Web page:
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Thursday, June 21, 2012

EXTRA: Gu Baijing Tai Temple, Jiuhuashan, Anhui

Gu Baijing Tai (古拜经台) Temple, where the famous reincarnation of Dizang (Kshitigarbha
Bodhisattva=地藏菩萨) named Jin Qiaojue (金乔觉) meditated on Jiuhuashan, Anhui (安徽, 九华山).
After a week on the road, I laid over two nights at home, then headed off for another 10-day trip, this one to Anhui and the Buddhist mountain called Jiuhua Shan.

Each of China's four Buddhist mountains is dedicated to one of the four major Bodhisattvas. This one is sacred to Dizang (Sanskrit Kshitigarbha), who has vowed to save all the beings out of the six levels of hell. Thus, he is commonly associated with the chanting at funerals. [Putuo Shan is dedicated to Guanyin Pusa, or Avalokiteshvara Bodhisattva; Wutai Shan is for Wenshu Pusa, or Manjushri Bodhisattva; and Emei Shan, to which I haven't been as of this writing in April 2014, is for Puxian Pusa, or Samanthabhadra Bodhisattva.]

Legend says that Dizang arrived on Jiuhua Shan in the 8th century in the guise of a Korean named Jin Qiaojue, a monk (some say an aristocrat) whose practice was so pure that at his death, "the mountain roared, birds and monkeys cried, and the earth gave out fire and light." This is how the locals knew he was Dizang.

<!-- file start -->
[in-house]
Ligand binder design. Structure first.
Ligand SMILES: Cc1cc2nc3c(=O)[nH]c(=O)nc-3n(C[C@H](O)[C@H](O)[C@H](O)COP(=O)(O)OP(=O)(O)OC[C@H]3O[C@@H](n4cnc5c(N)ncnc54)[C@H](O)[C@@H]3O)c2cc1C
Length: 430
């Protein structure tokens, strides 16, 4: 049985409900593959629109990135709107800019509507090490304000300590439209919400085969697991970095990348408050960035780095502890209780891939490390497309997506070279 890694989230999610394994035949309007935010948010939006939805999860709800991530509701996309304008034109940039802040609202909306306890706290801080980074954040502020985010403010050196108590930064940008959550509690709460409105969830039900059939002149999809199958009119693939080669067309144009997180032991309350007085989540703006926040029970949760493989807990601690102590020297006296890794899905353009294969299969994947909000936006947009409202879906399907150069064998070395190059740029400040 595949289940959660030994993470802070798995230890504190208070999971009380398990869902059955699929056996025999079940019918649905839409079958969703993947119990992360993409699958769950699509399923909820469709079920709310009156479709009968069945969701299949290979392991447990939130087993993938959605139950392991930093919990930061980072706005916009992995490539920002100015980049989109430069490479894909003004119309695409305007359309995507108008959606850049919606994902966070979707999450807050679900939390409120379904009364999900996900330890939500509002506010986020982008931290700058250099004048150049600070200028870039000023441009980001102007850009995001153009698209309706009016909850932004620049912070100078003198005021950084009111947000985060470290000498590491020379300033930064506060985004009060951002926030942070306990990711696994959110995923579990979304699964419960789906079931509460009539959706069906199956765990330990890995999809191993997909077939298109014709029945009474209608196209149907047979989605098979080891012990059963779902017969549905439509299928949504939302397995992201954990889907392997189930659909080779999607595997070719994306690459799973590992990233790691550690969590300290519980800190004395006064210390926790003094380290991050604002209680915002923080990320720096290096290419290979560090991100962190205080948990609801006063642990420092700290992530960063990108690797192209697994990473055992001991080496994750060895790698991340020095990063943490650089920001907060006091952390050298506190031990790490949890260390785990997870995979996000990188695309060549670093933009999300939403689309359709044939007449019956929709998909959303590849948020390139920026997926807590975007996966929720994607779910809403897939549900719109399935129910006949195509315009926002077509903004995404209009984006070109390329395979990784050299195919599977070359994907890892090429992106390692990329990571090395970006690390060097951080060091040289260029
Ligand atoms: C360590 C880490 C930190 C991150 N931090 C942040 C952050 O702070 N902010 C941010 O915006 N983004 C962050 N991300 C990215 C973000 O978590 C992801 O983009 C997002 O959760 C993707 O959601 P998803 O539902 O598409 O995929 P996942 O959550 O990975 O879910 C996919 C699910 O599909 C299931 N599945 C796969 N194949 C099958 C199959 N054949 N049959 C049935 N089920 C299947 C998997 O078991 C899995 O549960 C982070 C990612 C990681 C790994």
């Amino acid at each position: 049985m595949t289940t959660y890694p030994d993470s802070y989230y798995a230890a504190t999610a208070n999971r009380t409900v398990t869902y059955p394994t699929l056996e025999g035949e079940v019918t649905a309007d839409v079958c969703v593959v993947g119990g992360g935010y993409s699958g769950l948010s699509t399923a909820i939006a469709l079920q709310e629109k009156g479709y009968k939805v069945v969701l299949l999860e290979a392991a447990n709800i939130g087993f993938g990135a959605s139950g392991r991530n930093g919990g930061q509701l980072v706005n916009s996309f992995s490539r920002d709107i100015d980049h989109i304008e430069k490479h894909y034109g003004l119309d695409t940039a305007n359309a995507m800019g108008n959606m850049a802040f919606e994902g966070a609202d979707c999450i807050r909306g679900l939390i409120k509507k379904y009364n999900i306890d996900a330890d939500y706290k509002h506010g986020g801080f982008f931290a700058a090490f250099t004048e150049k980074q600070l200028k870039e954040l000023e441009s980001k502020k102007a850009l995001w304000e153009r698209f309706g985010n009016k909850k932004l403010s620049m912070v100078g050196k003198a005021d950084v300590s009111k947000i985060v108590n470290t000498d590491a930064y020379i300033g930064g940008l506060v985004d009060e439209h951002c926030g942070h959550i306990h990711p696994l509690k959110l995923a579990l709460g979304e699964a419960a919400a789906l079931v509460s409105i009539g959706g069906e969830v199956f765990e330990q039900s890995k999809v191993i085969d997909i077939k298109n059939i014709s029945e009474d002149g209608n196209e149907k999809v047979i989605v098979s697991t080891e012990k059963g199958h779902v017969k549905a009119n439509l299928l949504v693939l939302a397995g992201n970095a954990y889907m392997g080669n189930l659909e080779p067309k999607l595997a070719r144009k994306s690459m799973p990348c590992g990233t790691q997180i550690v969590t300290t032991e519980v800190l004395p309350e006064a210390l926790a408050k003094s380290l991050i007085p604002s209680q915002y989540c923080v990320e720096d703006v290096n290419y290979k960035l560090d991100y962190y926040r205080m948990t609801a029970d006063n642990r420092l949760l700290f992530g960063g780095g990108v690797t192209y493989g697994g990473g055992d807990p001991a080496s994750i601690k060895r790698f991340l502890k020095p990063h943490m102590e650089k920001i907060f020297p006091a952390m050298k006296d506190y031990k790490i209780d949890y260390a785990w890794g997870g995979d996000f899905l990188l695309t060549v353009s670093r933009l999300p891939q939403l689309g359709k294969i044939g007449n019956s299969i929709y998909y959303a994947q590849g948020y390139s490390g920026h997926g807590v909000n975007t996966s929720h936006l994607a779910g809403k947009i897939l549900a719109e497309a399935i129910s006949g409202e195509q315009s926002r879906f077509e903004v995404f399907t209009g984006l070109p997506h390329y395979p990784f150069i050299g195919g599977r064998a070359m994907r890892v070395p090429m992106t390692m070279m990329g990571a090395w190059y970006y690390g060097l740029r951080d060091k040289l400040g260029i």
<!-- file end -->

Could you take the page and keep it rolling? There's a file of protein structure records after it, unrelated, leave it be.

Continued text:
The site of his practice was a place now called Gu Baijing Tai, the "Ancient Sutra-Worshipping Terrace." It's easy enough to get to today; a cable-car arrives only a few hundred level meters away.

One of the most interesting artifacts at Gu Baijing Ta is a piece of stone with slightly-larger-than-life-sized footprints imprinted on it. These are said to have been left by Dizang Bodhisattva, who stood so single-mindedly chanting in one place that his footprints remained in the stone.

Elsewhere around the terrace are weird stones whose shapes have been given names like "Roc (a mythical bird) listening to a sutra" and, of course, a stone pillar that resembles the bodhisattva Guanyin. All in all there are over 100 named sites.

Next week: Toiling on up to Tiantai Peak.

(An edited version of this article was published in the Shenzhen Daily March 31, 2014.)

GPS Info:
  • 30.46491, 117.82349


(This may look blank, but it works--I promise!)


Gu Baijing Tai as seen from the cable car
The alleged footprints of Dizang Bodhisattva left in stone
An ancient statue of Dizang Bodhisattva
Looking back on Gu Baijing Tai from a little way up the trail toward Tiantai Temple

There are 12 pictures related to this temple (some of them identical to these, but with different captions) in a FaceBook album starting here (available to all, even without a FaceBook account).

Click here to visit the next article in chronological order || Click here to view the trip details

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